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Re: Event Triggers: adding information

From: Christopher Browne <cbbrowne(at)gmail(dot)com>
To: Dimitri Fontaine <dimitri(at)2ndquadrant(dot)fr>
Cc: PostgreSQL Hackers <pgsql-hackers(at)postgresql(dot)org>
Subject: Re: Event Triggers: adding information
Date: 2013-01-29 17:04:11
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Lists: pgsql-hackers
On Mon, Jan 28, 2013 at 6:19 PM, Dimitri Fontaine
<dimitri(at)2ndquadrant(dot)fr> wrote:
> Christopher Browne <cbbrowne(at)gmail(dot)com> writes:
>> I'm poking at event triggers a bit; would like to set up some examples
>> (and see if they
>> work, or break down badly; both are interesting results) to do some
>> validation of schema
>> for Slony.
> Cool, thanks!
>> What I'm basically thinking about is to set up some event triggers that run on
>> DROP TABLE / DROP SEQUENCE, and see about cleaning up the replication
>> side of things (e.g. - inject a request to drop the table/sequence
>> from replication).
> Sure. In what got commited from the current patch series, you will only
> know that a DROP TABLE (or DROP SEQUENCE) occured, and we're trying to
> get to an agreement with Robert if we should prefer to add visibility to
> such events that occurs in a CASCADE statement or rather add the OID
> (and maybe the name) of the Object that's going to be dropped.
> Your opinion is worth a lot on that matter, if you have one to share! :)

Hmm.  I think some information about the object is pretty needful.

For the immediate case I'm poking at, namely looking for dropped tables,I
could determine that which object is gone by inference; if I run the trigger
as part of the ddl_command_end event, then I could run a query that
searches the slony table sl_table, and if I find any tables for which there
is no longer a corresponding table in pg_catalog.pg_class, then I infer
which table got dropped.

But I think I'd really rather know more explicitly which table is being dropped.

Having the oid available in some trigger variable should suffice.

It appears to me as though it's relevant to return an OID for all of the command

Something useful to clarify in the documentation is what differences are
meaningful between ddl_command_start and ddl_command_end to make
it easier to determine which event one would most want to use.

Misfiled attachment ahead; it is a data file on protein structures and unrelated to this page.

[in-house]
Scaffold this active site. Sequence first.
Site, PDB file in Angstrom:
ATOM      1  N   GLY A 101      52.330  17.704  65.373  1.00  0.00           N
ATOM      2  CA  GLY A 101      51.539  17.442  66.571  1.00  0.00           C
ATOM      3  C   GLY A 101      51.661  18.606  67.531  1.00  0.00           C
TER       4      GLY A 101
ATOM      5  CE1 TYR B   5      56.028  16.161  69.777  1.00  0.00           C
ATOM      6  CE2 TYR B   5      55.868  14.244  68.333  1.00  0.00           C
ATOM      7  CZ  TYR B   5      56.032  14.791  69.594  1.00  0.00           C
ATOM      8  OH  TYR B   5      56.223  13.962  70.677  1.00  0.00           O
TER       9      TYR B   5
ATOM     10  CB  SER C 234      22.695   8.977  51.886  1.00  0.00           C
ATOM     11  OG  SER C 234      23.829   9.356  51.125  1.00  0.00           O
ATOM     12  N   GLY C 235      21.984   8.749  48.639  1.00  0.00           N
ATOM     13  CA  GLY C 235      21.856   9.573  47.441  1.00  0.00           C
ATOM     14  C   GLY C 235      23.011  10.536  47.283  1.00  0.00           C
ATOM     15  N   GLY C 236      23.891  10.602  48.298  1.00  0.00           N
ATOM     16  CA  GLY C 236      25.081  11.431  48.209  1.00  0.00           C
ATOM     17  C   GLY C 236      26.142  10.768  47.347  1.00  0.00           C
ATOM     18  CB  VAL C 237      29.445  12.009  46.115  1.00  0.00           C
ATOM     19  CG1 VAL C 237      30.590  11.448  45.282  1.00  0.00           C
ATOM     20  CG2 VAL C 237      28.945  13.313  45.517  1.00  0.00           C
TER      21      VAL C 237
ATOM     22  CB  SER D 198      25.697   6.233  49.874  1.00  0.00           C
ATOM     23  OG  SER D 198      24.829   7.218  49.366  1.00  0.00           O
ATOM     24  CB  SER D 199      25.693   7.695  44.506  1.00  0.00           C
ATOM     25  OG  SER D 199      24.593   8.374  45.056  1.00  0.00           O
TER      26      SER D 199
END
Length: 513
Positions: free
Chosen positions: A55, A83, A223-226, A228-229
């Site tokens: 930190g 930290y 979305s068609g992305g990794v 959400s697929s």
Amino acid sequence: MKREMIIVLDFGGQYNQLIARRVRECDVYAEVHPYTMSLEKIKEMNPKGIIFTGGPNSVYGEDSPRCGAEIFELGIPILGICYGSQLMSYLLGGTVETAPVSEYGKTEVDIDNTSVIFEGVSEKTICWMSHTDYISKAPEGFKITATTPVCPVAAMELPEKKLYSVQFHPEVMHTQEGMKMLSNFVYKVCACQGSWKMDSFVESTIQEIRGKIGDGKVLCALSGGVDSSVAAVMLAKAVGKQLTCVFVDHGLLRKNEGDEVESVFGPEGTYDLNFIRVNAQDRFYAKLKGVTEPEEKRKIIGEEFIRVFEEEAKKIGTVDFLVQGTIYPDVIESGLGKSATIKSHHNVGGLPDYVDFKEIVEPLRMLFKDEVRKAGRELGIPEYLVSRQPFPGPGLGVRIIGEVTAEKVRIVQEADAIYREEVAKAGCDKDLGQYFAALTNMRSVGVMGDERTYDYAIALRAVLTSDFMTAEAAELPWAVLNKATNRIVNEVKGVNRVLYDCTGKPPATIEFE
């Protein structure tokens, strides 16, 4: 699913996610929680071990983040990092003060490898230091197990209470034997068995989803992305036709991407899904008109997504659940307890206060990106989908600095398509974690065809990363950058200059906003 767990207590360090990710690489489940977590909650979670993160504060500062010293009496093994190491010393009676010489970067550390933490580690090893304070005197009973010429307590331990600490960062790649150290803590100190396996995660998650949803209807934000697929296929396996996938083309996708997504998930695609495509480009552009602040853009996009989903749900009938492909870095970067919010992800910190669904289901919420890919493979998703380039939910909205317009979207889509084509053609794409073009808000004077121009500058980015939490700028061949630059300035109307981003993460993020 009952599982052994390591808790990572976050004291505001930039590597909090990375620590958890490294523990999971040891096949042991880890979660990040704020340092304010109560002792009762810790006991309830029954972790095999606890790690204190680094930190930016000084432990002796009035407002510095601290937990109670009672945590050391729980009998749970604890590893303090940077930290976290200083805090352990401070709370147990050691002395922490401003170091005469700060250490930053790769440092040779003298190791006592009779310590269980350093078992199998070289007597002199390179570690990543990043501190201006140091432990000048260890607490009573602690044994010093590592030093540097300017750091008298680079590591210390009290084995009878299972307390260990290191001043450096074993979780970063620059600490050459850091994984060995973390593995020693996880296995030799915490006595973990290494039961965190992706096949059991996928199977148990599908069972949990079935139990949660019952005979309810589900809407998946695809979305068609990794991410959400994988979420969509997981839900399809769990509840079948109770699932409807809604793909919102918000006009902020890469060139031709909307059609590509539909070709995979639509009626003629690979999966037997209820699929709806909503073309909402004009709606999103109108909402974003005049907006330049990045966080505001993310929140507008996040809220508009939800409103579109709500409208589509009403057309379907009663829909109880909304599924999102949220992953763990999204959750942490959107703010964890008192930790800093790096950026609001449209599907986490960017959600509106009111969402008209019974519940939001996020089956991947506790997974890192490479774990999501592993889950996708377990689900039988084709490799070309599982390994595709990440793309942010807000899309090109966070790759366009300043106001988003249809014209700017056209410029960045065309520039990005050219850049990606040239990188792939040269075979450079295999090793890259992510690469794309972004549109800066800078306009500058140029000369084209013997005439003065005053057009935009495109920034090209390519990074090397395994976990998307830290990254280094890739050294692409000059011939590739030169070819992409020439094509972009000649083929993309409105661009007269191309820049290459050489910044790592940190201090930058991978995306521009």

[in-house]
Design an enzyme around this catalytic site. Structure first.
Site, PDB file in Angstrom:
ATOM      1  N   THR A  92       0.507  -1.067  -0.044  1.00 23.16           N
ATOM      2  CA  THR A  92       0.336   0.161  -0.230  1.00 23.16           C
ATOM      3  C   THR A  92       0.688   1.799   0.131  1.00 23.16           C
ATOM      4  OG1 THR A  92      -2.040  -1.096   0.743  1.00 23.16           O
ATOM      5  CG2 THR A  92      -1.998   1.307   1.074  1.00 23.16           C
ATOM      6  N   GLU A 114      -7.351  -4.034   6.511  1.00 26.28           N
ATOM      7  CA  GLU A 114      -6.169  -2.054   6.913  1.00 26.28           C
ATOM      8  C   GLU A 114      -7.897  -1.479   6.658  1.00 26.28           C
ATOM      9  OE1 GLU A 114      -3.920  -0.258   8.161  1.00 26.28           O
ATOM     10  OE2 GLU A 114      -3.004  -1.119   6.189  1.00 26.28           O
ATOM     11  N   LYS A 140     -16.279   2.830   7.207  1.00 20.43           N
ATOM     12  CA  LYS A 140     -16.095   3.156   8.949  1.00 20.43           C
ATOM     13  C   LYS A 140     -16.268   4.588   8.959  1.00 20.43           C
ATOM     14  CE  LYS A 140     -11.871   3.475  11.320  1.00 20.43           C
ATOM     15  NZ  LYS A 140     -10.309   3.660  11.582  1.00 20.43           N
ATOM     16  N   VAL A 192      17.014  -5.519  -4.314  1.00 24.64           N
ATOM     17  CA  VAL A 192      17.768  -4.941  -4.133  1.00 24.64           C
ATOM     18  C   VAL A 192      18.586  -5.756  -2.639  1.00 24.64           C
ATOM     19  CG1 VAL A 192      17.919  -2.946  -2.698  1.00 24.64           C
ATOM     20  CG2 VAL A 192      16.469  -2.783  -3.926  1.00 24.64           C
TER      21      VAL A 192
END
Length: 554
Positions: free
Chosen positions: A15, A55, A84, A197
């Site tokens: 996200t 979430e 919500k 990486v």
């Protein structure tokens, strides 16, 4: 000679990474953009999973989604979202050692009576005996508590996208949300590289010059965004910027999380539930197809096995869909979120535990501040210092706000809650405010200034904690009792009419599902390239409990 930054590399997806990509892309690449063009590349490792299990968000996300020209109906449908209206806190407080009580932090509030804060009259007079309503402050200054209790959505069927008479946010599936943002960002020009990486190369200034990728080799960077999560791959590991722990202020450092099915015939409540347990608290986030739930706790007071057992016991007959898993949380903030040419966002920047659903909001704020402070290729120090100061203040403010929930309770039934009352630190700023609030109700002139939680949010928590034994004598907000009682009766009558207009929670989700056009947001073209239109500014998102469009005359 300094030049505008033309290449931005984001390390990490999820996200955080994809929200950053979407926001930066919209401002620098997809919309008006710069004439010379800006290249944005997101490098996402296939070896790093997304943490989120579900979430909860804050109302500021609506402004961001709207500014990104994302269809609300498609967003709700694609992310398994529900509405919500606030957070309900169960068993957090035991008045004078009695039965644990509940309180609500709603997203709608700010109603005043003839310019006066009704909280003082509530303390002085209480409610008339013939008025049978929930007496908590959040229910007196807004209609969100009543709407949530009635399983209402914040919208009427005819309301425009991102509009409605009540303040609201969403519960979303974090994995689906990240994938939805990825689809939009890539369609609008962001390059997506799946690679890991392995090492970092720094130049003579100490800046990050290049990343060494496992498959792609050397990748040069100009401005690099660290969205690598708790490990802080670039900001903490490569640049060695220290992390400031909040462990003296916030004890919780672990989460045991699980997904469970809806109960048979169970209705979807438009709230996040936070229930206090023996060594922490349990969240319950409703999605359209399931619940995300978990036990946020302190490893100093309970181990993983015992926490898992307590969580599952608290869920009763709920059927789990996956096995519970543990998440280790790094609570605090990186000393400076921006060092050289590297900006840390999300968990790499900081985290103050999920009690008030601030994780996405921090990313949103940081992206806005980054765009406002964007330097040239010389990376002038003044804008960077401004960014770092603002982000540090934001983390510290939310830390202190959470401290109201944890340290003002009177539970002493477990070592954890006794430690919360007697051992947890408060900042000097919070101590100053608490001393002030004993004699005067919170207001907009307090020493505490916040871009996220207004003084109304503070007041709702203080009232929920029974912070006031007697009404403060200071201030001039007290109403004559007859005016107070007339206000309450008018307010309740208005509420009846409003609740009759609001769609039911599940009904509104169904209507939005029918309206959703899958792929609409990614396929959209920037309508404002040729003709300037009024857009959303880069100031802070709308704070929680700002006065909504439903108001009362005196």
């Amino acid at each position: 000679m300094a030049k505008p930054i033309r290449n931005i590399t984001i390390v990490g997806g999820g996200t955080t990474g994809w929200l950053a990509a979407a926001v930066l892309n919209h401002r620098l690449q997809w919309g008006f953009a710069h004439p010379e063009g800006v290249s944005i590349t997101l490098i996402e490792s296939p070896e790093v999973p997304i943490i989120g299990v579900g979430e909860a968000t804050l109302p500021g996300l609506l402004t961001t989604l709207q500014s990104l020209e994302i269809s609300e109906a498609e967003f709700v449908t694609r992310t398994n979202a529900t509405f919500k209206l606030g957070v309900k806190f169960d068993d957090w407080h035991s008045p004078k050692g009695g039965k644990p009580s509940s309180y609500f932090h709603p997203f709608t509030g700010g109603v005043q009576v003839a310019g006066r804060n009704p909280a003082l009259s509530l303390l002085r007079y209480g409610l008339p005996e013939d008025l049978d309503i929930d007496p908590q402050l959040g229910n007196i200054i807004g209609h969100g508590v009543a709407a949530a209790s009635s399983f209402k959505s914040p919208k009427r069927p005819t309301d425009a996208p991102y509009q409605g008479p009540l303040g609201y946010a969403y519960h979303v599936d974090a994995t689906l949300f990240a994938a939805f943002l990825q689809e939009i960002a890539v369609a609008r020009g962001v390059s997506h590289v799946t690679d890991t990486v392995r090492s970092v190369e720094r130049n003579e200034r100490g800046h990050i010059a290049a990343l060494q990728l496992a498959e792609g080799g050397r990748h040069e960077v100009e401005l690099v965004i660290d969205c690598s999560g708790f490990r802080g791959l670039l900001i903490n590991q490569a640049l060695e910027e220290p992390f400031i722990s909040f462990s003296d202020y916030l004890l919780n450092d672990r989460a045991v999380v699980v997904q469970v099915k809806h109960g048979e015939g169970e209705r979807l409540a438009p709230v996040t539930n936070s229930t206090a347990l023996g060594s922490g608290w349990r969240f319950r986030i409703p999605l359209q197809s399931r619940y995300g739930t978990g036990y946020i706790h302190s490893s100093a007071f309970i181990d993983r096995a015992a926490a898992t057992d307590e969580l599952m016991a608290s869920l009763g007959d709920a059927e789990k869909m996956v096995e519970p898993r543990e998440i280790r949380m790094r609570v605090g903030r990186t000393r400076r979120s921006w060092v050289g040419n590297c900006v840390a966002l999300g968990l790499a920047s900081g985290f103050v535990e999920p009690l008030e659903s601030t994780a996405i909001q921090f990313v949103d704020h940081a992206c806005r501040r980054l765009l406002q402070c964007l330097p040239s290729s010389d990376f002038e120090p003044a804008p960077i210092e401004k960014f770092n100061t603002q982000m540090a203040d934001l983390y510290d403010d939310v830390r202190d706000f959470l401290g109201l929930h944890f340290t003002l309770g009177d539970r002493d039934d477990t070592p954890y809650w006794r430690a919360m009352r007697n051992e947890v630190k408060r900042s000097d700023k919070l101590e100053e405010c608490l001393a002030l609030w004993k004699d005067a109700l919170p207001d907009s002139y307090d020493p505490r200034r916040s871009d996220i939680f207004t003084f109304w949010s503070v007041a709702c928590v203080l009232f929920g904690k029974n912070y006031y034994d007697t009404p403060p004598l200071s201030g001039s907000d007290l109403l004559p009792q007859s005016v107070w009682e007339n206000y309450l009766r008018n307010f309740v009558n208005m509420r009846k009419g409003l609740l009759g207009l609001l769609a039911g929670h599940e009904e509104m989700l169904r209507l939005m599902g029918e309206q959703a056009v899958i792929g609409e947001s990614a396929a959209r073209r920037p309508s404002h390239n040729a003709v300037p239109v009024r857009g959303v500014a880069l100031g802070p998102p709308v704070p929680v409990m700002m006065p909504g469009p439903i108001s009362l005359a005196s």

Musing a bit...  It seems to me that it might be a slick idea to run a
trigger at
both _start and _end, capturing metadata about the object into temp tables
at both times, which would then allow the _end function to compare the data
in the temp table to figure out what to do next.  I wouldn't think
that's apropos
as default behaviour; that's something for the crafty developer that's building
a trigger function to do.

Having a parse tree for the query that initiates the event would be
mighty useful,
as would be a canonicalized form of the query.

I think we could add some useful "protection" (e.g. - such as my example of
an event trigger that generates "DROP TABLE FROM REPLICATION") using
the present functionality, even perhaps without OIDs, but I don't
think I'd want
to get into trying to forward arbitrary DDL without having the canonicalized
query available.

>> I have a bit of a complaint as to what documentation is included; I don't see
>> any references in the documentation to ddl_command_start / ddl_command_end,
>> which seem to be necessary values for event triggers.
> What we have now here:
> Is it not visible enough, or really missing the point?

Ah, I missed the second one; I was looking under CREATE TRIGGER,
didn't notice that
CREATE EVENT TRIGGER was separately available; that resolves most of
what I thought
was missing.

I think a bit more needs to be said about the meanings of the events
and the command tags,
but what I imagined missing wasn't.

>> I'd tend to think that there should be a new subsection in the "man page" for
>> CREATE TRIGGER that includes at least two fully formed examples of event
>> triggers, involving the two events in question.  Is change of that
>> sort in progress?
> The event triggers are addressed in a whole new chapter of the docs,
> maybe that's why you didn't find the docs?

I found that chapter, just not the command :-).
When confronted by a difficult problem, solve it by reducing it to the
question, "How would the Lone Ranger handle this?"

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